BOONE, N.C. — Spreading avens, a rare plant that thrives in Western North Carolina — at elevations of more than 4,000 feet — is in danger of extinction.
To help preserve and protect this federally endangered plant, whose scientific name is Geum radiatum, Appalachian State University’s Dr. Matt Estep has begun a five-year study to examine the genetic diversity and sustainability of populations located at Roan Mountain. The 2020–25 project is funded by the U.S. Fish and Wildlife Service.
Part of the rose family, Geum radiatum is a perennial herb, growing to more than 20 inches and blooming bright yellow flowers from June through September. The plant is native to the Southern Appalachian Mountains and found only on high-elevation mountain peaks in Western North Carolina and Eastern Tennessee.
According to Estep, a plant geneticist and associate professor in App State’s Department of Biology, the plant species is vulnerable to extinction due in part to climate change, land development and outdoor recreation.
Estep and App State biology students will work with Blue Ridge Parkway plant ecologist and arborist Dr. Chris Ulrey, who monitors the species yearly. They will collect leaf tissue samples to be used in the genetic diversity analyses conducted in Estep’s on-campus lab at App State.
The project will provide a greater understanding of the genetic sustainability of spreading avens, Estep said, and help inform conservation strategies for the species, as well as for other long-lived perennials.
A genetic rescue for spreading avens
In the 1990s, a conservation technique known as genetic rescue was applied to help bolster failing subpopulations of spreading avens on Roan Mountain, which spans the North Carolina–Tennessee border. This included bringing in a genetically diverse population of the plant to crossbreed with the mountain’s native population.
Estep said the focus of his study is to better understand the effects of that intervention — specifically, whether it positively or negatively affected the genetics of the plants’ hybrid offspring.
By connecting the study’s genetic data with 20-plus years of demographic data on the plant generated by Ulrey, Estep will be able to evaluate the fitness of those plants native to Roan Mountain, those that were brought in from another location and their hybrid offspring, he said.
In his App State lab, Estep and Morgan Gaglianese-Woody ’19, of Charlotte, a graduate student in the university’s biology-ecology and evolutionary biology program, will determine if the hybrid offspring are stronger, or healthier, than their parents — or less so.
According to Estep, more spreading avens are preserved in herbaria than exist in the wild. App State’s on-campus herbarium, containing approximately 29,000 plant specimens from around the world, includes spreading avens in its collection, which serves as a valuable teaching and research tool for App State students and faculty, Estep said.
Undergraduate biology students at App State will be involved in fieldwork for this project, Estep said, and he will incorporate findings from the study into his undergraduate course on conservation genetics.
Estep said this type of hands-on fieldwork gives students the opportunity to learn more about outdoor careers in biology, as well as performing field observations — experiences that cannot be taught in the classroom, he added.
Fieldwork also allows students to network and interact with state and/or national park professionals — a gateway to available jobs within the land management and conservation disciplines, Estep said.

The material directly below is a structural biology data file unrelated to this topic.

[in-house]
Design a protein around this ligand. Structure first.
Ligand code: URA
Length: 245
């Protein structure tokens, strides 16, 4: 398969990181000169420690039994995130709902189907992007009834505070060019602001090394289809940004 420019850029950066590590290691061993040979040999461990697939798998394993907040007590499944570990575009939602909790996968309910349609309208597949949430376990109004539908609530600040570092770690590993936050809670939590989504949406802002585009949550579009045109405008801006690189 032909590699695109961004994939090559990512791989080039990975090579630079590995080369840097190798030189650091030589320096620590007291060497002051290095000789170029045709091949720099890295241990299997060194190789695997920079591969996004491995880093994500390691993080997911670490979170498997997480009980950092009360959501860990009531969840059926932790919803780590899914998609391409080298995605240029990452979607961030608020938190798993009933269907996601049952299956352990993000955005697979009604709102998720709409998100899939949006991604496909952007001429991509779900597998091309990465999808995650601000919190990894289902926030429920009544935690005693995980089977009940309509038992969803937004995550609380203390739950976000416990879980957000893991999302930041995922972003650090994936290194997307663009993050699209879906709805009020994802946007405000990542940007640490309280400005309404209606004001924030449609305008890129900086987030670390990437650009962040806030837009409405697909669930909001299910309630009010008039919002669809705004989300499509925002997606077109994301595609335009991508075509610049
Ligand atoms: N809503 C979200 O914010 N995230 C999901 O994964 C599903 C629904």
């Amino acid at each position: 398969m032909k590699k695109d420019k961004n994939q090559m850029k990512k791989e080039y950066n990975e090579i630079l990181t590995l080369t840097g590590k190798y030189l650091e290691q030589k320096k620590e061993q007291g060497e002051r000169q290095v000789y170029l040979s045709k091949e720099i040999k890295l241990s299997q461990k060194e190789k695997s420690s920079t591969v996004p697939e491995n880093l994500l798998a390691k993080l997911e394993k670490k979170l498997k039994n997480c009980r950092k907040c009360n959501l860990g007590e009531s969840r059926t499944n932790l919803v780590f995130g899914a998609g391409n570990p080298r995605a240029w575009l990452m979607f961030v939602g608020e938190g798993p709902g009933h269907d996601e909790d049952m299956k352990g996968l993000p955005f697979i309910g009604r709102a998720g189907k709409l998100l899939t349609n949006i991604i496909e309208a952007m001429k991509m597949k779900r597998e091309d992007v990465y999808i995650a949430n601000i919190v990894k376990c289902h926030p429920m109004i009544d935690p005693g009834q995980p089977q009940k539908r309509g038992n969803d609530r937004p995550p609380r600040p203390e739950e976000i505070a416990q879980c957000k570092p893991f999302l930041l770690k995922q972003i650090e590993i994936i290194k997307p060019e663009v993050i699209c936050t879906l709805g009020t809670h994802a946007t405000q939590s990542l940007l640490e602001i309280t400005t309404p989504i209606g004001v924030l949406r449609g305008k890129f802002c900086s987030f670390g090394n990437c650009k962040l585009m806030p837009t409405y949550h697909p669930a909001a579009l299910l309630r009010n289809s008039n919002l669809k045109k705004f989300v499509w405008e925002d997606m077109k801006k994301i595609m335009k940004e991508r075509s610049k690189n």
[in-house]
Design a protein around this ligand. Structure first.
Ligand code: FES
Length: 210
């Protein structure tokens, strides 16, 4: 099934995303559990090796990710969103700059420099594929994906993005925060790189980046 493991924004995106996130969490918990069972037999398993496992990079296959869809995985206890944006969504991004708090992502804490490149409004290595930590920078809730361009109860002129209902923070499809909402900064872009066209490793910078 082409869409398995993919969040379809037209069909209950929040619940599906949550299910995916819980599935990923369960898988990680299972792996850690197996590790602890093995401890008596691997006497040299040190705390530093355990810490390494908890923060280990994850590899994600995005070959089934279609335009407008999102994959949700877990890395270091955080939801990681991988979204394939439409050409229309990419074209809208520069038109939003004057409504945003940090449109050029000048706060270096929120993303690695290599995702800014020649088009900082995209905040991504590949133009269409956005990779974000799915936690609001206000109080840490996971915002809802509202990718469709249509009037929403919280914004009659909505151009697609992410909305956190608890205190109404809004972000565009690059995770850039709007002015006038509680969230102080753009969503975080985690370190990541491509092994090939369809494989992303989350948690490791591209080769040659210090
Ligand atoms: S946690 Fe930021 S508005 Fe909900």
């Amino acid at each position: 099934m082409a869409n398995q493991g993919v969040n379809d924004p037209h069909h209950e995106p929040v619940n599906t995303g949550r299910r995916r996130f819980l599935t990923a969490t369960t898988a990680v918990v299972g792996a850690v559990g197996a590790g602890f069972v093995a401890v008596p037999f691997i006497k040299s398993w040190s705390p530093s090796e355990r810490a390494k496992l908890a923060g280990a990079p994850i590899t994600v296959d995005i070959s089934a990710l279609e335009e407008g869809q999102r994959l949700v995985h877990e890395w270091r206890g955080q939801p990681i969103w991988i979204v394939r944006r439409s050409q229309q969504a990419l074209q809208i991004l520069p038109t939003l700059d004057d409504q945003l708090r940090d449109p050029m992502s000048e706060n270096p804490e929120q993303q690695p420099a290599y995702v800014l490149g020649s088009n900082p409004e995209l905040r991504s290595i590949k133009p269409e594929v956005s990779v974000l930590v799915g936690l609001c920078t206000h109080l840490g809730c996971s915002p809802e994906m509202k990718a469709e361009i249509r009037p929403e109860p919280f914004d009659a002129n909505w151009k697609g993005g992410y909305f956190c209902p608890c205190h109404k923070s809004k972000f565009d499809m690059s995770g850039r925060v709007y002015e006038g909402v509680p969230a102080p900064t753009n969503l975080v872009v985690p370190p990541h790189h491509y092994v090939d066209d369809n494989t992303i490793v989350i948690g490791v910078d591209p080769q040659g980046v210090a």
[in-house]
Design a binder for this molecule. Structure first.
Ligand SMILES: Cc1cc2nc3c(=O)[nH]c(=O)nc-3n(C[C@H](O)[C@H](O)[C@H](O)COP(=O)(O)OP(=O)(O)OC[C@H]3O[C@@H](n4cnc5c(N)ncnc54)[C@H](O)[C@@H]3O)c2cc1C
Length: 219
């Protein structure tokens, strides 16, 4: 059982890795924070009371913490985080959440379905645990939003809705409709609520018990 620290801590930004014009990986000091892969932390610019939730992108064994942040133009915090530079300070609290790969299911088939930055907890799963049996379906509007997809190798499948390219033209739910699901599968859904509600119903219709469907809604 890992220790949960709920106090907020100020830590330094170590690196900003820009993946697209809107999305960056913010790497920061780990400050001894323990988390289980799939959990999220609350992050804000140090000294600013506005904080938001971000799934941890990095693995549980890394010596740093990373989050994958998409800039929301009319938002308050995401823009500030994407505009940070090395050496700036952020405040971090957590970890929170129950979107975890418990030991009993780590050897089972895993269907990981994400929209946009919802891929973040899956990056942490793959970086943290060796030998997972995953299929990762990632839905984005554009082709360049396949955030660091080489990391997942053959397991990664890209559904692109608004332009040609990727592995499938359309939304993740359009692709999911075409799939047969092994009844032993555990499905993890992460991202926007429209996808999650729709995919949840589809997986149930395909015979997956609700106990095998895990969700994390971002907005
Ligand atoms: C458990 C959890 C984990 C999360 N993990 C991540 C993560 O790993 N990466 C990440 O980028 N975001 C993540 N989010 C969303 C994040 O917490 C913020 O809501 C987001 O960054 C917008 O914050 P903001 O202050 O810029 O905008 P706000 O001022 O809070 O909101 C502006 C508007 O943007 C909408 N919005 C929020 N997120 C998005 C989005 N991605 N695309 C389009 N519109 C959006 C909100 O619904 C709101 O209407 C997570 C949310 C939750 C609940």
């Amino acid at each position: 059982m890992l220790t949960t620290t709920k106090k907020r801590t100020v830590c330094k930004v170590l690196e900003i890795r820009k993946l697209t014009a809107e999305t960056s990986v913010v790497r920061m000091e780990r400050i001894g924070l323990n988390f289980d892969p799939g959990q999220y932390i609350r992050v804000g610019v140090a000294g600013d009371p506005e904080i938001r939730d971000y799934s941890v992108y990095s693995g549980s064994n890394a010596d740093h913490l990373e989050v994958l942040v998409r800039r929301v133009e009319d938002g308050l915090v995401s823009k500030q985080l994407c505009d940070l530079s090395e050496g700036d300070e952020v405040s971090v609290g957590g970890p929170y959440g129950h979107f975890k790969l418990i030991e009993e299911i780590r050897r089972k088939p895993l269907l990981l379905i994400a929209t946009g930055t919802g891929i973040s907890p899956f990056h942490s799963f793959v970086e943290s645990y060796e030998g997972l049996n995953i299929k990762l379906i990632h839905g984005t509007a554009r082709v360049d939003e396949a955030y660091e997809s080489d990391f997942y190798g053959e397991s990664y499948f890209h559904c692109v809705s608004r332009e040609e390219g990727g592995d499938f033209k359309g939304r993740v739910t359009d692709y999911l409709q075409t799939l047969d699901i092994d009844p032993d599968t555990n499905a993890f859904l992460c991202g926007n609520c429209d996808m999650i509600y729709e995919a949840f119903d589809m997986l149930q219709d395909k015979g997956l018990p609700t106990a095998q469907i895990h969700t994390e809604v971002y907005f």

Estep has served as a thesis adviser to several undergraduate students in the Department of Biology’s honors program and the university’s Honors College.
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About the Department of Biology
The Department of Biology is a community of teacher-scholars, with faculty representing the full breadth of biological specializations — from molecular genetics to landscape/ecosystem ecology. The department seeks to produce graduates with sound scientific knowledge, the skills to create new knowledge, and the excitement and appreciation of scientific discovery. Learn more at https://biology.appstate.edu.
About the College of Arts and Sciences
The College of Arts and Sciences (CAS) at Appalachian State University is home to 17 academic departments, two centers and one residential college. These units span the humanities and the social, mathematical and natural sciences. CAS aims to develop a distinctive identity built upon our university's strengths, traditions and unique location. The college’s values lie not only in service to the university and local community, but through inspiring, training, educating and sustaining the development of its students as global citizens. More than 6,400 student majors are enrolled in the college. As the college is also largely responsible for implementing App State’s general education curriculum, it is heavily involved in the education of all students at the university, including those pursuing majors in other colleges. Learn more at https://cas.appstate.edu.
About Appalachian State University
As the premier public undergraduate institution in the Southeast, Appalachian State University prepares students to lead purposeful lives as global citizens who understand and engage their responsibilities in creating a sustainable future for all. The Appalachian Experience promotes a spirit of inclusion that brings people together in inspiring ways to acquire and create knowledge, to grow holistically, to act with passion and determination, and to embrace diversity and difference. Located in the Blue Ridge Mountains, Appalachian is one of 17 campuses in the University of North Carolina System. Appalachian enrolls nearly 21,000 students, has a low student-to-faculty ratio and offers more than 150 undergraduate and graduate majors.